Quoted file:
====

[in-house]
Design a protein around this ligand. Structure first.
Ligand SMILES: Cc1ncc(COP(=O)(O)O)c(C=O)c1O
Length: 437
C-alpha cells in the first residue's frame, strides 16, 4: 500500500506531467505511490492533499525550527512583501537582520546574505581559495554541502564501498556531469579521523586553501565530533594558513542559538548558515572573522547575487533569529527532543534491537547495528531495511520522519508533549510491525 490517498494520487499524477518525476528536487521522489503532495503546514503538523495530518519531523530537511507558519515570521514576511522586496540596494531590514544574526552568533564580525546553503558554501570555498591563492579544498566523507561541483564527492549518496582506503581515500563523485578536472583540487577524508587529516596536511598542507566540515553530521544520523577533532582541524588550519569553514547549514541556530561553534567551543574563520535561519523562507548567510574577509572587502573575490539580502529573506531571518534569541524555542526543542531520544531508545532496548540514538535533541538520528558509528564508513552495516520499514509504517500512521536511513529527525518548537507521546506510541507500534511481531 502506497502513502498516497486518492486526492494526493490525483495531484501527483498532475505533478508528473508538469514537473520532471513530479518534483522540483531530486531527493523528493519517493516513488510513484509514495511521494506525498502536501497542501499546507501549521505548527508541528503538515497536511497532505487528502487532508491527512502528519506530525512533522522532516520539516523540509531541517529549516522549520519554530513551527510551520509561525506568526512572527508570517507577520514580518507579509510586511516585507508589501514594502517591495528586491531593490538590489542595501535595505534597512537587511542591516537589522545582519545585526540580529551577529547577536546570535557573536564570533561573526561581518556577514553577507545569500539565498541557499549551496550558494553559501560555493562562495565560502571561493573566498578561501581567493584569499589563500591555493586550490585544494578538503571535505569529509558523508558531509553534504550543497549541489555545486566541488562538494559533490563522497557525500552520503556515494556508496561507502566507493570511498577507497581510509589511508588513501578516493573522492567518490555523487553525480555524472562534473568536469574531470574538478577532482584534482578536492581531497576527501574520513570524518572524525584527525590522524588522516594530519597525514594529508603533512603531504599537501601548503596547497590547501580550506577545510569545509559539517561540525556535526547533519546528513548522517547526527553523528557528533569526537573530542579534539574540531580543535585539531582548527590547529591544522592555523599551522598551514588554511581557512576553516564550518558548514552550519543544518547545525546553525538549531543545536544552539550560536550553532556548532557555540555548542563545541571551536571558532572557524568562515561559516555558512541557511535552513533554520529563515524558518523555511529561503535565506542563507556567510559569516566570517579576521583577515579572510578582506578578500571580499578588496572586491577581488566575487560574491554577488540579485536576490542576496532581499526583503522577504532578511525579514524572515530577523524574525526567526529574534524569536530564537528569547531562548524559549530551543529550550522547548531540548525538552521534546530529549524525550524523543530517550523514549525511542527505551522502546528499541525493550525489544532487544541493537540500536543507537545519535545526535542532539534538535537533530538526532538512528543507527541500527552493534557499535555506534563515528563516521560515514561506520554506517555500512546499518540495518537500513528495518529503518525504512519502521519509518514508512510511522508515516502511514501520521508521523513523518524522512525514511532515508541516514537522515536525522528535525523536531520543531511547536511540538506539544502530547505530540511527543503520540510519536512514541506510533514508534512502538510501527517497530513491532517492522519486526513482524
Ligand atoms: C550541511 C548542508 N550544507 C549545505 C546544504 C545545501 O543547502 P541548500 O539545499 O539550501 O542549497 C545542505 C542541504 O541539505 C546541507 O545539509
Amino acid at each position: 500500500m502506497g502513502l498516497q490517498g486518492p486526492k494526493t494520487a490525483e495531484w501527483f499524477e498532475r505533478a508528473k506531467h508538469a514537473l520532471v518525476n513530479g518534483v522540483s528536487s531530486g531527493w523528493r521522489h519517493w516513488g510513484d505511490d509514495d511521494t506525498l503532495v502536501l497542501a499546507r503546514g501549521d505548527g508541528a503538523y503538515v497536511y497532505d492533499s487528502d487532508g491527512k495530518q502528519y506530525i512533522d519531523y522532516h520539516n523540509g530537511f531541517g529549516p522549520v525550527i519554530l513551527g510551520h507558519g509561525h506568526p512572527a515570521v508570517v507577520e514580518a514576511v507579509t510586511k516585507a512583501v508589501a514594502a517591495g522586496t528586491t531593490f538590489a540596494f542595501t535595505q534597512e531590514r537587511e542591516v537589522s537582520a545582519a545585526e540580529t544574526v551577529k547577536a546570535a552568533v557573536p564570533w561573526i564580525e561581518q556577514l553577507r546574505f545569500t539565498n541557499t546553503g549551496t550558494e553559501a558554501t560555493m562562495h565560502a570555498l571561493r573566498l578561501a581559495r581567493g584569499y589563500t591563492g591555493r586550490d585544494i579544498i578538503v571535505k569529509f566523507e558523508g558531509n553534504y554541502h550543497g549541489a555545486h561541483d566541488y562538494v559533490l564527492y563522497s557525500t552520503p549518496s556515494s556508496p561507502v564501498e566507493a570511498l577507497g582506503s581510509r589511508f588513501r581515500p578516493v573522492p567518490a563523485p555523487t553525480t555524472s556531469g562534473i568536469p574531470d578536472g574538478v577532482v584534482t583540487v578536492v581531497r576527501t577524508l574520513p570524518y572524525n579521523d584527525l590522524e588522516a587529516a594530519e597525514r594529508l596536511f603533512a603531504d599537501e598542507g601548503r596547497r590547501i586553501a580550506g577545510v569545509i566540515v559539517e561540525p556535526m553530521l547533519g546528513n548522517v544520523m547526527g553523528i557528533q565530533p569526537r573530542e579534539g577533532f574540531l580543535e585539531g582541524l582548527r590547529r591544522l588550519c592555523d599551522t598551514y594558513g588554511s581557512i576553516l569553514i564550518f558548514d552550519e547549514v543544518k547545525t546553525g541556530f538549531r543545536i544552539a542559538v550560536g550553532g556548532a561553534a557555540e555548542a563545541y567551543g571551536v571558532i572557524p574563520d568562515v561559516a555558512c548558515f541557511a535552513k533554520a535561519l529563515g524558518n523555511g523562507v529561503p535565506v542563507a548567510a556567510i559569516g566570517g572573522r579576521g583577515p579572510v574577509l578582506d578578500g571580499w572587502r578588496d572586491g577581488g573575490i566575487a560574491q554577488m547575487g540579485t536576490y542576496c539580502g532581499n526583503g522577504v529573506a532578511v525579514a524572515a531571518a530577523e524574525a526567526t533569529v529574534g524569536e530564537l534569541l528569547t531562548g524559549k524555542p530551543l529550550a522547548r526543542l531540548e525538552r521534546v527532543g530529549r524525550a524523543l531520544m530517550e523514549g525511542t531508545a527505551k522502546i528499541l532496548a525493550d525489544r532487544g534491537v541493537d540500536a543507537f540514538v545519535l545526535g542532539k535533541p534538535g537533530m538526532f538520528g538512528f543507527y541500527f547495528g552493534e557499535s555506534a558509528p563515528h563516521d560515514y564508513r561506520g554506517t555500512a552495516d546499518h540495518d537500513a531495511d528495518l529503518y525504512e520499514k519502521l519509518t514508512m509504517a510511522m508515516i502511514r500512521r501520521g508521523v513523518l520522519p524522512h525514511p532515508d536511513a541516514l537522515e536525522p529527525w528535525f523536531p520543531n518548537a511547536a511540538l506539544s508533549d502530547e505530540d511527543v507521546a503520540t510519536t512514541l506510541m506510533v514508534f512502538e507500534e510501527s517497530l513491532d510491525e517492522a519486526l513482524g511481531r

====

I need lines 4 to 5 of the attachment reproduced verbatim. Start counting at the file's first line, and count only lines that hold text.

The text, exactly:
Length: 437
C-alpha cells in the first residue's frame, strides 16, 4: 500500500506531467505511490492533499525550527512583501537582520546574505581559495554541502564501498556531469579521523586553501565530533594558513542559538548558515572573522547575487533569529527532543534491537547495528531495511520522519508533549510491525 490517498494520487499524477518525476528536487521522489503532495503546514503538523495530518519531523530537511507558519515570521514576511522586496540596494531590514544574526552568533564580525546553503558554501570555498591563492579544498566523507561541483564527492549518496582506503581515500563523485578536472583540487577524508587529516596536511598542507566540515553530521544520523577533532582541524588550519569553514547549514541556530561553534567551543574563520535561519523562507548567510574577509572587502573575490539580502529573506531571518534569541524555542526543542531520544531508545532496548540514538535533541538520528558509528564508513552495516520499514509504517500512521536511513529527525518548537507521546506510541507500534511481531 502506497502513502498516497486518492486526492494526493490525483495531484501527483498532475505533478508528473508538469514537473520532471513530479518534483522540483531530486531527493523528493519517493516513488510513484509514495511521494506525498502536501497542501499546507501549521505548527508541528503538515497536511497532505487528502487532508491527512502528519506530525512533522522532516520539516523540509531541517529549516522549520519554530513551527510551520509561525506568526512572527508570517507577520514580518507579509510586511516585507508589501514594502517591495528586491531593490538590489542595501535595505534597512537587511542591516537589522545582519545585526540580529551577529547577536546570535557573536564570533561573526561581518556577514553577507545569500539565498541557499549551496550558494553559501560555493562562495565560502571561493573566498578561501581567493584569499589563500591555493586550490585544494578538503571535505569529509558523508558531509553534504550543497549541489555545486566541488562538494559533490563522497557525500552520503556515494556508496561507502566507493570511498577507497581510509589511508588513501578516493573522492567518490555523487553525480555524472562534473568536469574531470574538478577532482584534482578536492581531497576527501574520513570524518572524525584527525590522524588522516594530519597525514594529508603533512603531504599537501601548503596547497590547501580550506577545510569545509559539517561540525556535526547533519546528513548522517547526527553523528557528533569526537573530542579534539574540531580543535585539531582548527590547529591544522592555523599551522598551514588554511581557512576553516564550518558548514552550519543544518547545525546553525538549531543545536544552539550560536550553532556548532557555540555548542563545541571551536571558532572557524568562515561559516555558512541557511535552513533554520529563515524558518523555511529561503535565506542563507556567510559569516566570517579576521583577515579572510578582506578578500571580499578588496572586491577581488566575487560574491554577488540579485536576490542576496532581499526583503522577504532578511525579514524572515530577523524574525526567526529574534524569536530564537528569547531562548524559549530551543529550550522547548531540548525538552521534546530529549524525550524523543530517550523514549525511542527505551522502546528499541525493550525489544532487544541493537540500536543507537545519535545526535542532539534538535537533530538526532538512528543507527541500527552493534557499535555506534563515528563516521560515514561506520554506517555500512546499518540495518537500513528495518529503518525504512519502521519509518514508512510511522508515516502511514501520521508521523513523518524522512525514511532515508541516514537522515536525522528535525523536531520543531511547536511540538506539544502530547505530540511527543503520540510519536512514541506510533514508534512502538510501527517497530513491532517492522519486526513482524